GMAT Tips for Non-Native English Speakers
Since the GMAT is typically used for admissions to American universities, it is conducted only in English. Taking the GMAT for non-native English speakers is therefore slightly more challenging than for native English speakers. Non-native speakers have to navigate the same challenges that English speakers encounter, but they need to do them in a second language.
GMAT for Non-Native English Speakers Still Requires Strong English
There’s no getting around this: if your English is weak, everything you do in English will also be weak. So there’s just no “easy” route to scoring well on the GMAT without a strong fluency in English. Further, your end goal is presumably to study in graduate school in an English-speaking country, most likely the United States. If your English isn’t strong enough for the GMAT, how are you going to follow your graduate school studies?! It won’t be easy!
But with that said, there are definitely things you can do to improve your English in a measurable way, so don’t get too discouraged just yet!
- Immerse in English every single day. As much as possible. List and talk in English. Do this as much as you possibly can. It’s the only way to truly improve your English. Seek out a friend with whom you can speak in English. Listen or watch English-speaking television or radio.
- Read in English, too. Try to read complex articles from international magazines, like the Economist and the Wall Street Journal. You can see a full list of some good recommendations for articles here.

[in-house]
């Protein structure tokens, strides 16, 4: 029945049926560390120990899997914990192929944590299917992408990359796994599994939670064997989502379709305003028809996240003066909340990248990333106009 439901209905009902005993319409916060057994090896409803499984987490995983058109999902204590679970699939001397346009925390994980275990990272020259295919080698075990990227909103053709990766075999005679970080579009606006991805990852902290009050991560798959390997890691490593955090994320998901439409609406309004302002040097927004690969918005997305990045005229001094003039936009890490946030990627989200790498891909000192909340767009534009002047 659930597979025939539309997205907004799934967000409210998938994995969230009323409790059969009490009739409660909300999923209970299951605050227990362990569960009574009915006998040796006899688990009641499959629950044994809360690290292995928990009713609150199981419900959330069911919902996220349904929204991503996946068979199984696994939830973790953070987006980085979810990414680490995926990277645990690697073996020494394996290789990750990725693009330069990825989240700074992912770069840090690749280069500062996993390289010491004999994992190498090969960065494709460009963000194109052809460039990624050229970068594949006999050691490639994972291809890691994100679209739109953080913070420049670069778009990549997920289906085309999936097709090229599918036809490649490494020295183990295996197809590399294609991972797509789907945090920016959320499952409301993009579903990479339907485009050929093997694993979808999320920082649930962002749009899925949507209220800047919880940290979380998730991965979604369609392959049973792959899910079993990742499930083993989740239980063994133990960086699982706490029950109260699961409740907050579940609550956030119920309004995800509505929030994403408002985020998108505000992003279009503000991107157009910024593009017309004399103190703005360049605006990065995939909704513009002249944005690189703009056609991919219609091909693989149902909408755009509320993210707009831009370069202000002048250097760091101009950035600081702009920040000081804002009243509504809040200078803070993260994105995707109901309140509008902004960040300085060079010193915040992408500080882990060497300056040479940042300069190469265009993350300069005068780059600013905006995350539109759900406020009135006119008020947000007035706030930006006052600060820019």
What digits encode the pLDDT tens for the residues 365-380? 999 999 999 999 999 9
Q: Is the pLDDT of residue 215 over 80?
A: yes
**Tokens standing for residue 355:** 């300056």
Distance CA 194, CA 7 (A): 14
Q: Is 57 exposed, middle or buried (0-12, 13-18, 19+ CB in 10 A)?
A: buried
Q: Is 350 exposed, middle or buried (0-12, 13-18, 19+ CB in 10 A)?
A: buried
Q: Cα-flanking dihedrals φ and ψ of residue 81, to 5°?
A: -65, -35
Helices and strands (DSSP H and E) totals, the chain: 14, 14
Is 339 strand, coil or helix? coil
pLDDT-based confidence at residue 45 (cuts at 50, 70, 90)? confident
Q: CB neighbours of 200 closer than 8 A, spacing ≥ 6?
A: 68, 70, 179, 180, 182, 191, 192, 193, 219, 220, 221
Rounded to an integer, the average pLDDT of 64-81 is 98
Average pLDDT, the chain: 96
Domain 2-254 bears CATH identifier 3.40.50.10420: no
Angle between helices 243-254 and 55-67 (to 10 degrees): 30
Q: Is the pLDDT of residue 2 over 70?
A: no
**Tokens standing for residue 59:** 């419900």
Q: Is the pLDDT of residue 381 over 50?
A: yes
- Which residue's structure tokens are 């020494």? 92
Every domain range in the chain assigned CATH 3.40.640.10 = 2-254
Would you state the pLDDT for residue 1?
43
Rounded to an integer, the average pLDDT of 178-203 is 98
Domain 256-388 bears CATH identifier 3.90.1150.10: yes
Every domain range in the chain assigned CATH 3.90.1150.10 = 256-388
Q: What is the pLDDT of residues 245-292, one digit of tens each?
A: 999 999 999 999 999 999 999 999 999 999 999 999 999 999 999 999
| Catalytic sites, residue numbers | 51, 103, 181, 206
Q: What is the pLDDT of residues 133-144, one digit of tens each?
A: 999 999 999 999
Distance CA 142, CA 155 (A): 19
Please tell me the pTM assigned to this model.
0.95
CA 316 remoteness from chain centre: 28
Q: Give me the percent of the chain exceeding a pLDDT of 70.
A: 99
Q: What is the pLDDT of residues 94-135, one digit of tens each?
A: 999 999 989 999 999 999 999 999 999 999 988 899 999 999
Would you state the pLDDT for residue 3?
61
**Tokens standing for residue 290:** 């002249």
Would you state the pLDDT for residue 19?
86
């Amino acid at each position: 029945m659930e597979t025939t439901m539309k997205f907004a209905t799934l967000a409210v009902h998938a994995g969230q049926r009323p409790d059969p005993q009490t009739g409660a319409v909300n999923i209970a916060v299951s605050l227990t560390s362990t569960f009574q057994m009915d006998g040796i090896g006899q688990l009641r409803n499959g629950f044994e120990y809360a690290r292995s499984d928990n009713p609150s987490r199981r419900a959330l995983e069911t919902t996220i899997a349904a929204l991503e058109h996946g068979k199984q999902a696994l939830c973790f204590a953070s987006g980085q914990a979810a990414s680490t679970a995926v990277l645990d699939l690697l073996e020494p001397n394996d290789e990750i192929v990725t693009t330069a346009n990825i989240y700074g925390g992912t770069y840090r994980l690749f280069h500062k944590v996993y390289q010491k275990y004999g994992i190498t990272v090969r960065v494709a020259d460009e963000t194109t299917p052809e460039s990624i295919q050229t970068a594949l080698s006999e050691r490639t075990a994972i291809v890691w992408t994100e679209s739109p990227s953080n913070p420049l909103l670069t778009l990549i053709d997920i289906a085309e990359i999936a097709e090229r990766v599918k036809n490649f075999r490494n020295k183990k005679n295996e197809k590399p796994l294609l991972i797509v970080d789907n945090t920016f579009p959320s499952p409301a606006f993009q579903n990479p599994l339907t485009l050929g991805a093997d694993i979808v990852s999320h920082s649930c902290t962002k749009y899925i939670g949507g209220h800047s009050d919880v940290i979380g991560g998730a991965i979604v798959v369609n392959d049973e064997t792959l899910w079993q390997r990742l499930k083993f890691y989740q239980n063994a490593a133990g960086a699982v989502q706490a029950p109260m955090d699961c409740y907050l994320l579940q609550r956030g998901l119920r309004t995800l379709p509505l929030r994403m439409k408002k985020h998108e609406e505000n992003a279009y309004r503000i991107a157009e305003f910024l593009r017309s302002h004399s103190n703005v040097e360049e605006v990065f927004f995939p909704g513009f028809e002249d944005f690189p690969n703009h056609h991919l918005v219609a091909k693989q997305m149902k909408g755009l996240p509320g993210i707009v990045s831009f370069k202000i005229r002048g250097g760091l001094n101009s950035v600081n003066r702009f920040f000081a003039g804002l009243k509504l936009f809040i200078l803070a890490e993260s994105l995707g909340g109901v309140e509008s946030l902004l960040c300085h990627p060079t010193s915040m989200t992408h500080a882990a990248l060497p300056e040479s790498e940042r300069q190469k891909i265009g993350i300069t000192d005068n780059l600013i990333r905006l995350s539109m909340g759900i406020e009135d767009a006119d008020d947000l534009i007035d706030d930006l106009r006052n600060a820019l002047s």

Think in English! I know that might be asking a lot. But to succeed on the GMAT for non-native English speakers, it is extremely important that you truly get into the “mindset” of someone who is 100% comfortable in the English language.
Consider an ESL Course
If immersing yourself in English on a daily basis isn’t a viable option, then you might want to take ESL courses. As I said above, it just isn’t possible to perform well on the GMAT if your English isn’t up to the task.
If you’re having trouble improving your English, you might consider first focusing fully on improving your English before you even start studying for the GMAT. Depending on your means, there are many ESL course options, including:
- The most expensive option, which is to go abroad and spend some time in a course in an English-speaking country. These courses are indeed expensive, but they provide a full immersion experience.
- Another option is to enroll in a local course. There are many reasonably affordable ESL classes across the world. If you’re in the United States, there are many free options we suggest here, and some of them probably apply even if you’re outside the United States!
- Online resources are another great option for ESL courses and tutoring. A quick Google search will turn up hundreds of options! These vary in terms of price and quality, so be sure to do some research before deciding.
Work on Your Vocabulary
Always carry a dictionary! One of the key components of fluency that students often lack is a rich repertoire of English vocabulary. If you find yourself using only “simple” words, then it’s probably the case that you need to up your vocabulary level.